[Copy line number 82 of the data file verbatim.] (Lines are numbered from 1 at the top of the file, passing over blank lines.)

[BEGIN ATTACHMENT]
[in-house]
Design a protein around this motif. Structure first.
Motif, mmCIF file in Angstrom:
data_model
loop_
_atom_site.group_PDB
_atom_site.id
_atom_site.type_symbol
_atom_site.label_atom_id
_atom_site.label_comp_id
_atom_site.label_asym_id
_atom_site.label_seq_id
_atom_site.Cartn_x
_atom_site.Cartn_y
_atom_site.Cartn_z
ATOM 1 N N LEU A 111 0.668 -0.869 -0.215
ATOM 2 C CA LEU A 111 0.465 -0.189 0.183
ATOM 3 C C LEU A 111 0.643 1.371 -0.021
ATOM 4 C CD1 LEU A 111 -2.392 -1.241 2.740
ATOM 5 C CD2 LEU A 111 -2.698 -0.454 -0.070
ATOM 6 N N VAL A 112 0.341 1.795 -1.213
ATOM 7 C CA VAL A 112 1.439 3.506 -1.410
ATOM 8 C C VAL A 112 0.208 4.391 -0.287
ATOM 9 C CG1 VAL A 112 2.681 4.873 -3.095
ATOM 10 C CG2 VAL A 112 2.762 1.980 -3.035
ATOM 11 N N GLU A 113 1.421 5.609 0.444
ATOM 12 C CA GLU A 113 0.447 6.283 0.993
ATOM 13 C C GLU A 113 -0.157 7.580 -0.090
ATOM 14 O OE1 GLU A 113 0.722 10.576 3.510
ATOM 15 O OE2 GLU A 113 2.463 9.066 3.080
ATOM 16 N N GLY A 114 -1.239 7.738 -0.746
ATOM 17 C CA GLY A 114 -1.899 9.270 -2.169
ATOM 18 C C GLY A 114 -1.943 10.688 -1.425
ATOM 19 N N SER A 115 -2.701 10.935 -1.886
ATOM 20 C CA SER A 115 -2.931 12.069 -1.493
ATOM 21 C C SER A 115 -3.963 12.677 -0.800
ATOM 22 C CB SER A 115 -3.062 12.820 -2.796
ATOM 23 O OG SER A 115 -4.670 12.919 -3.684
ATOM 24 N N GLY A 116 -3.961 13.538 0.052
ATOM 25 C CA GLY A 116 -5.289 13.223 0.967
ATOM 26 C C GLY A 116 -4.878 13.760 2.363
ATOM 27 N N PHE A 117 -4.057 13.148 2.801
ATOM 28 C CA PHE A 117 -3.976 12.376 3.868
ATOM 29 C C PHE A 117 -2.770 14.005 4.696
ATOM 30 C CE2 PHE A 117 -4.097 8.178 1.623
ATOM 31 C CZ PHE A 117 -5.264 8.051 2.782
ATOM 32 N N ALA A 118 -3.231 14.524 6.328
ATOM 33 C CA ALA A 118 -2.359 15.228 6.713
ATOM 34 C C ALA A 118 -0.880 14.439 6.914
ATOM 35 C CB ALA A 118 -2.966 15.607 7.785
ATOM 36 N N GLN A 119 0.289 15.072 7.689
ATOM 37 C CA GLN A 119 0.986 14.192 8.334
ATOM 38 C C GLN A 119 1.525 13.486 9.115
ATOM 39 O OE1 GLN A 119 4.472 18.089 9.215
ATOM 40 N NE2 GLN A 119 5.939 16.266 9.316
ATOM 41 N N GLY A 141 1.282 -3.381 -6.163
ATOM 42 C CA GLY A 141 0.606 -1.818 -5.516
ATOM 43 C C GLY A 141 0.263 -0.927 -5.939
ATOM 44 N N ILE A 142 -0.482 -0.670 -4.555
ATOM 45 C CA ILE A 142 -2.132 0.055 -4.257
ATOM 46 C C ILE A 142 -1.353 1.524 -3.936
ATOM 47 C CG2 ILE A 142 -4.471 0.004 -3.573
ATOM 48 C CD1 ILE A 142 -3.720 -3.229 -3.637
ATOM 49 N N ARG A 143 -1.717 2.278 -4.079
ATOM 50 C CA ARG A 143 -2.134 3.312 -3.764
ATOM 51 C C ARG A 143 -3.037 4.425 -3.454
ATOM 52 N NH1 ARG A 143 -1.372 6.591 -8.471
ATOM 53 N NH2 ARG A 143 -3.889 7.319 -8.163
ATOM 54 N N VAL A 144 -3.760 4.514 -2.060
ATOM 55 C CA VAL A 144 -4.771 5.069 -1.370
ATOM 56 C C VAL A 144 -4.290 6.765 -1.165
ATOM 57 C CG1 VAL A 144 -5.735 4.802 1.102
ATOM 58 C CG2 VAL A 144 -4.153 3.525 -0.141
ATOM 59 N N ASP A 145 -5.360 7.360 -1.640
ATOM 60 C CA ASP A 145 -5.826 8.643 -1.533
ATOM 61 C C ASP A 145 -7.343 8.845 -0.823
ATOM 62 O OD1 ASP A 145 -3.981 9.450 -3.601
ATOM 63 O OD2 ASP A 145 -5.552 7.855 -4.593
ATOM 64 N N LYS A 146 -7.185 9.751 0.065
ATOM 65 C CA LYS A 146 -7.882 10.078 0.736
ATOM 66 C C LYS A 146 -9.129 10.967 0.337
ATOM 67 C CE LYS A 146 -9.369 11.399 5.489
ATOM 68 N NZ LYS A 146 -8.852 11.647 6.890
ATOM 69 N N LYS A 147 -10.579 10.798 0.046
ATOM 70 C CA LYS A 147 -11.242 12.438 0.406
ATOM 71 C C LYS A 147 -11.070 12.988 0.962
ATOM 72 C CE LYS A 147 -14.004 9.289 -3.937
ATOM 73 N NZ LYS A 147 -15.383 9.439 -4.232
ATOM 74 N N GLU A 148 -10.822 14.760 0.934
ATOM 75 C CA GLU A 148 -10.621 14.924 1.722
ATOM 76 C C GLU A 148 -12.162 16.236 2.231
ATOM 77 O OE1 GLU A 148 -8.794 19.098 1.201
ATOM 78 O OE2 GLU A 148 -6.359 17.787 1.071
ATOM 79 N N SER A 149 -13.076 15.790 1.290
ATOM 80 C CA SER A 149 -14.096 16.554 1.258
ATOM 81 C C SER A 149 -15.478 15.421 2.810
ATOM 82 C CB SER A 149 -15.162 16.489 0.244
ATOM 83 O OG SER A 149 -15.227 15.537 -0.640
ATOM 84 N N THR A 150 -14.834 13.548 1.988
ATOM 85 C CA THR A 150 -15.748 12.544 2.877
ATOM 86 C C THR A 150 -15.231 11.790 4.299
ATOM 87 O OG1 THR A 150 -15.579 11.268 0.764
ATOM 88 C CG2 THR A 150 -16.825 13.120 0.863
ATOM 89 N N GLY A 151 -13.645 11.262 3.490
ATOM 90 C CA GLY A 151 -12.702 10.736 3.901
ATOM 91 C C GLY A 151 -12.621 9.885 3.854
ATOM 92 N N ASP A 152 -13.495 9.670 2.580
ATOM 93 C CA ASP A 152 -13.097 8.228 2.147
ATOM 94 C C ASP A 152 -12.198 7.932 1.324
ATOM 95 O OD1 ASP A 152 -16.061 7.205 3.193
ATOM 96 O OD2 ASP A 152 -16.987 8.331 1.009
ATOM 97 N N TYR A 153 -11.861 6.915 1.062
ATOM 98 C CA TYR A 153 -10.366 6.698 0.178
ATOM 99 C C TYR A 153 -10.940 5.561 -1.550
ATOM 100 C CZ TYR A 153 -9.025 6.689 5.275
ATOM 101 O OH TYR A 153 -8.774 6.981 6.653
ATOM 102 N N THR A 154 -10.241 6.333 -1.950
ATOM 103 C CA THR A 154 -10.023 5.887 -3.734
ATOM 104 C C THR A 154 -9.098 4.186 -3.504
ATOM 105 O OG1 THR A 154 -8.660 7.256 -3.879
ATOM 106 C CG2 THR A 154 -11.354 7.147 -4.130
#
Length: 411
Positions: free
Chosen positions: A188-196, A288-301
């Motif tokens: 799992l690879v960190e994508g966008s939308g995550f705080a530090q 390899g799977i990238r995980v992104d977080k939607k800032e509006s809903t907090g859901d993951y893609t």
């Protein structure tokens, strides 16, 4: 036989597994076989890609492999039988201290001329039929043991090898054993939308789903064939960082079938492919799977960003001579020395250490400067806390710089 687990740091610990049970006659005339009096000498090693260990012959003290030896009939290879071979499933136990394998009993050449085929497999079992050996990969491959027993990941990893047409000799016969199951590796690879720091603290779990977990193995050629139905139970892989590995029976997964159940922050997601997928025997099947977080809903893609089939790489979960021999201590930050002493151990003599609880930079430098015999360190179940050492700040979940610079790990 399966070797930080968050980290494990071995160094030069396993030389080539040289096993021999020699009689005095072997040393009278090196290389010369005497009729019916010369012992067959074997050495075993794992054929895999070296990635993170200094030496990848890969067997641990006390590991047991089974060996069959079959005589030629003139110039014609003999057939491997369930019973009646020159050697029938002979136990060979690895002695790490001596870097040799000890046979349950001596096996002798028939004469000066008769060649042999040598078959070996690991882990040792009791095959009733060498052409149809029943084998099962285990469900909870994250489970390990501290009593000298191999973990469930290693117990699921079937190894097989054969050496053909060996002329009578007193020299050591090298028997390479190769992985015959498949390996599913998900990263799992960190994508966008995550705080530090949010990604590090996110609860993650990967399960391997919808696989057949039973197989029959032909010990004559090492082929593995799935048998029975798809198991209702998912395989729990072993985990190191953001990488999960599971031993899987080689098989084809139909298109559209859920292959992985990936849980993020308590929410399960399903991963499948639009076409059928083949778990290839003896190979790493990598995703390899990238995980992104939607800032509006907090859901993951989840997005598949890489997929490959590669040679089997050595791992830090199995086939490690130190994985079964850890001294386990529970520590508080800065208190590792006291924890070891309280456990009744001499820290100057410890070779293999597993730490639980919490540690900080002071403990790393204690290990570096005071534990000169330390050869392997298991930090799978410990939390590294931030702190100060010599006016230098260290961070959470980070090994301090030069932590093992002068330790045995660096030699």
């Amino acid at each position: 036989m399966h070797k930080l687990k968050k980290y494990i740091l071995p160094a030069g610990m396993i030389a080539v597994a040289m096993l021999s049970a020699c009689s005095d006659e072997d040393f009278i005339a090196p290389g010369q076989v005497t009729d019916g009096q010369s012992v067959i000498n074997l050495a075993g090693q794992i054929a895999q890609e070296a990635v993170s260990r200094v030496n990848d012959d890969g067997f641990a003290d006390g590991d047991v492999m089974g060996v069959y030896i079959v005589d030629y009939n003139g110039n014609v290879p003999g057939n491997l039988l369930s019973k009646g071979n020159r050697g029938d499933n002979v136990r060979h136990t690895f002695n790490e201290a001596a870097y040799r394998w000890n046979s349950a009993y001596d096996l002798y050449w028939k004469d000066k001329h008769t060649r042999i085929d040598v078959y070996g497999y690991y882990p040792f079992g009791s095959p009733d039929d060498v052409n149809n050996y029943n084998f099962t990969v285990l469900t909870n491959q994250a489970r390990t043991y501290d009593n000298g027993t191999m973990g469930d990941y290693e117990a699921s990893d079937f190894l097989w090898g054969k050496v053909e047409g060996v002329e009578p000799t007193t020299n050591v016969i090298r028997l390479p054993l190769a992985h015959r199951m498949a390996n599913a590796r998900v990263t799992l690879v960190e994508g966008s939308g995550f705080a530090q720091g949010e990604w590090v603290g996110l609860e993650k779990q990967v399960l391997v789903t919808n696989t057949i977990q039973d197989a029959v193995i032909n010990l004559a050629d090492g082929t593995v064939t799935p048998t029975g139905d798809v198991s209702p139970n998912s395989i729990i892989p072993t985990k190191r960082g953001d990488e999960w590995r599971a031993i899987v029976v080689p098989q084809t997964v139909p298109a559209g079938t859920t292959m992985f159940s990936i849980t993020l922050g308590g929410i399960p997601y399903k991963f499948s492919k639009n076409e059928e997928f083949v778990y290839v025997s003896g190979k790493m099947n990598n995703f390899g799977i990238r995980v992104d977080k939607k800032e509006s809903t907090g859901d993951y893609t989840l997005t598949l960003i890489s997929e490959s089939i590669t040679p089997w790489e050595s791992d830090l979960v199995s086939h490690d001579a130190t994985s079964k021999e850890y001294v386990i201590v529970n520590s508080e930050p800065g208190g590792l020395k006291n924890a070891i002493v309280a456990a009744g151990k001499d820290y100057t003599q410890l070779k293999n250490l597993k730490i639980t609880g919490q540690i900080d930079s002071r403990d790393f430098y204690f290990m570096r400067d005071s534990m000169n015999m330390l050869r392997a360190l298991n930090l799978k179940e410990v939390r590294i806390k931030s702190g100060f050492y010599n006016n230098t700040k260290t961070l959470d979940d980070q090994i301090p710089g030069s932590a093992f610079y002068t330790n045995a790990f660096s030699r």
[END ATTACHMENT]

ATOM 67 C CE LYS A 146 -9.369 11.399 5.489